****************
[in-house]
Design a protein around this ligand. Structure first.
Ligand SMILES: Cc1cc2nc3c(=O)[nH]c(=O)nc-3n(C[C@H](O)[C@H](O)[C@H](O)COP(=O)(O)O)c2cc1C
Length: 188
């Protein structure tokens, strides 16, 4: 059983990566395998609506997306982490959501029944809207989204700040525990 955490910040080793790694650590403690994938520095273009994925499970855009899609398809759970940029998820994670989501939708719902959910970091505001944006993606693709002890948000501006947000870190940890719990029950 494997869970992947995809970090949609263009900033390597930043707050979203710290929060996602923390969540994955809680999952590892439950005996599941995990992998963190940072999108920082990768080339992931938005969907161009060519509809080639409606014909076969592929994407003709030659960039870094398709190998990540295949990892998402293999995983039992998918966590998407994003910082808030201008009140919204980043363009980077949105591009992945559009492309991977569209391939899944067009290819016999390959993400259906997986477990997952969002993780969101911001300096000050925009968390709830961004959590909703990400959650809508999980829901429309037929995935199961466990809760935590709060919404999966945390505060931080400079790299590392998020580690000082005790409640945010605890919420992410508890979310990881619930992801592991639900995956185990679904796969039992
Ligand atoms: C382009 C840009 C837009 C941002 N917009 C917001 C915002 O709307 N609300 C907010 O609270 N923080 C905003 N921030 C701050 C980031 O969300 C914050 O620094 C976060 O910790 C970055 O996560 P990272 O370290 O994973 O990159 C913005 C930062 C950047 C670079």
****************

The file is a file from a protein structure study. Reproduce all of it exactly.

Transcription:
[in-house]
Design a protein around this ligand. Structure first.
Ligand SMILES: Cc1cc2nc3c(=O)[nH]c(=O)nc-3n(C[C@H](O)[C@H](O)[C@H](O)COP(=O)(O)O)c2cc1C
Length: 188
């Protein structure tokens, strides 16, 4: 059983990566395998609506997306982490959501029944809207989204700040525990 955490910040080793790694650590403690994938520095273009994925499970855009899609398809759970940029998820994670989501939708719902959910970091505001944006993606693709002890948000501006947000870190940890719990029950 494997869970992947995809970090949609263009900033390597930043707050979203710290929060996602923390969540994955809680999952590892439950005996599941995990992998963190940072999108920082990768080339992931938005969907161009060519509809080639409606014909076969592929994407003709030659960039870094398709190998990540295949990892998402293999995983039992998918966590998407994003910082808030201008009140919204980043363009980077949105591009992945559009492309991977569209391939899944067009290819016999390959993400259906997986477990997952969002993780969101911001300096000050925009968390709830961004959590909703990400959650809508999980829901429309037929995935199961466990809760935590709060919404999966945390505060931080400079790299590392998020580690000082005790409640945010605890919420992410508890979310990881619930992801592991639900995956185990679904796969039992
Ligand atoms: C382009 C840009 C837009 C941002 N917009 C917001 C915002 O709307 N609300 C907010 O609270 N923080 C905003 N921030 C701050 C980031 O969300 C914050 O620094 C976060 O910790 C970055 O996560 P990272 O370290 O994973 O990159 C913005 C930062 C950047 C670079």